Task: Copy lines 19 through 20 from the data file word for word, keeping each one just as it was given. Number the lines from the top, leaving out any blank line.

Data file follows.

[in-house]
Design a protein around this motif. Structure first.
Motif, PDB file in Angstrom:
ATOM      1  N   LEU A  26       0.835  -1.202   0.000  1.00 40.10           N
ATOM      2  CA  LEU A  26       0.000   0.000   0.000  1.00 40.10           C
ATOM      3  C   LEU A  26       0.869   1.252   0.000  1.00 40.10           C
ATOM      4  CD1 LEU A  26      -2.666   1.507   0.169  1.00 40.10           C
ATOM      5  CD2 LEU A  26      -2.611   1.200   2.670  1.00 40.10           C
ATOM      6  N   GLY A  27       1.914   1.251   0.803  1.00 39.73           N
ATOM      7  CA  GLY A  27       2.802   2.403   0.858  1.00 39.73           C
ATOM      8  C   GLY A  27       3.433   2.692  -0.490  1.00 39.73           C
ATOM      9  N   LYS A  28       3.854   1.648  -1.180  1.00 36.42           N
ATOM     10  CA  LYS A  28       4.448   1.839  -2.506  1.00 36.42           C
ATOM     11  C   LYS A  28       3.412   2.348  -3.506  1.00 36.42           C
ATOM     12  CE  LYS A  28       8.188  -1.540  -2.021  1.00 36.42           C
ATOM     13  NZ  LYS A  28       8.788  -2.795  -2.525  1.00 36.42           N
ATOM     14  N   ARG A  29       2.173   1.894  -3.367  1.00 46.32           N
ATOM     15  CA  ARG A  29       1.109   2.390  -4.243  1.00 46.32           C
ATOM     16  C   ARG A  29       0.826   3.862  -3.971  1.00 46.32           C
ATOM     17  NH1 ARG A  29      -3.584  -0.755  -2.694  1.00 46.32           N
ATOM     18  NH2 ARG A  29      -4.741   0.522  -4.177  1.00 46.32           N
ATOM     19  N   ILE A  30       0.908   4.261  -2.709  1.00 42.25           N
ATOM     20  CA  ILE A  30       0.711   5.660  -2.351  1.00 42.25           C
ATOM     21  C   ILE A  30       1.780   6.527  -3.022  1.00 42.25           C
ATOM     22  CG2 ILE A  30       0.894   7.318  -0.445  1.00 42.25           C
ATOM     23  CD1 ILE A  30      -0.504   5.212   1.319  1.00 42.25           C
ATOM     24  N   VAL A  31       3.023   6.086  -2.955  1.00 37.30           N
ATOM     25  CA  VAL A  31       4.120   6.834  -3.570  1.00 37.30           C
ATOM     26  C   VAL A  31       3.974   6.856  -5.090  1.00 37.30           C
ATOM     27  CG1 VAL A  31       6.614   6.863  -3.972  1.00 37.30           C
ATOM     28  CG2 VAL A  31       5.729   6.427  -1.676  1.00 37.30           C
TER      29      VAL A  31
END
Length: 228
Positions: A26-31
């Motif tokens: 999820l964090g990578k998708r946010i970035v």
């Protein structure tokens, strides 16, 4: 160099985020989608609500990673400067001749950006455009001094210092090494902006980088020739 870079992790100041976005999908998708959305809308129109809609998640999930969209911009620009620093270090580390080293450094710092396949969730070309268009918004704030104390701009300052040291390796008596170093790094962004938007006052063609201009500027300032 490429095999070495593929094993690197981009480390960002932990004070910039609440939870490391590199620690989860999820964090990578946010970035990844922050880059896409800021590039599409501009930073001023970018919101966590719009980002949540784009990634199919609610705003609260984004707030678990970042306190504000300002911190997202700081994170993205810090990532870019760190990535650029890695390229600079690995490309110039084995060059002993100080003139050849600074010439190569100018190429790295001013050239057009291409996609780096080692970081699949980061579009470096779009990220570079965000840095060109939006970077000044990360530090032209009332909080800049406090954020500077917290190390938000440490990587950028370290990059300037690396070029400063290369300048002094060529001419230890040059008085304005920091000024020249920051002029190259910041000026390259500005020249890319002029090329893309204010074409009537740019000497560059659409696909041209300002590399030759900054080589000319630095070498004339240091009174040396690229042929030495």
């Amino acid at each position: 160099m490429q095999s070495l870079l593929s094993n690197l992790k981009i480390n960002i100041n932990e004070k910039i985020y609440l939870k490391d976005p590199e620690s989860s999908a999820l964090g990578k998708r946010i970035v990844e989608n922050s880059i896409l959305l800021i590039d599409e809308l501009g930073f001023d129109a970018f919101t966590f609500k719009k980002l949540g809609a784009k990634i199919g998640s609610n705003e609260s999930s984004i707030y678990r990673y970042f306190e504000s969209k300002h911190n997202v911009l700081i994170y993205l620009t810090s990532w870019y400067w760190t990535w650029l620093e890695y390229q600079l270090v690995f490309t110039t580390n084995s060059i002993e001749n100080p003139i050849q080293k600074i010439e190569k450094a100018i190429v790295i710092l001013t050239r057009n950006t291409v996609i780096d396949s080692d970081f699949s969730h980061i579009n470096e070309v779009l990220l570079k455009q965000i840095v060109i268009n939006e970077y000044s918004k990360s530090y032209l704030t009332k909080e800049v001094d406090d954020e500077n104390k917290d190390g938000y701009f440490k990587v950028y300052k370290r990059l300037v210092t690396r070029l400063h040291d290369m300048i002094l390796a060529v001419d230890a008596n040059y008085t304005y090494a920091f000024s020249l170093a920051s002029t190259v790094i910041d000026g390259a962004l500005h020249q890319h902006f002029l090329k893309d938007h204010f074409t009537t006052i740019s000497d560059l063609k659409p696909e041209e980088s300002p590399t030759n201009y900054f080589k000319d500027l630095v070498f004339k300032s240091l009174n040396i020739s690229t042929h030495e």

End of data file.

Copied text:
ATOM     16  C   ARG A  29       0.826   3.862  -3.971  1.00 46.32           C
ATOM     17  NH1 ARG A  29      -3.584  -0.755  -2.694  1.00 46.32           N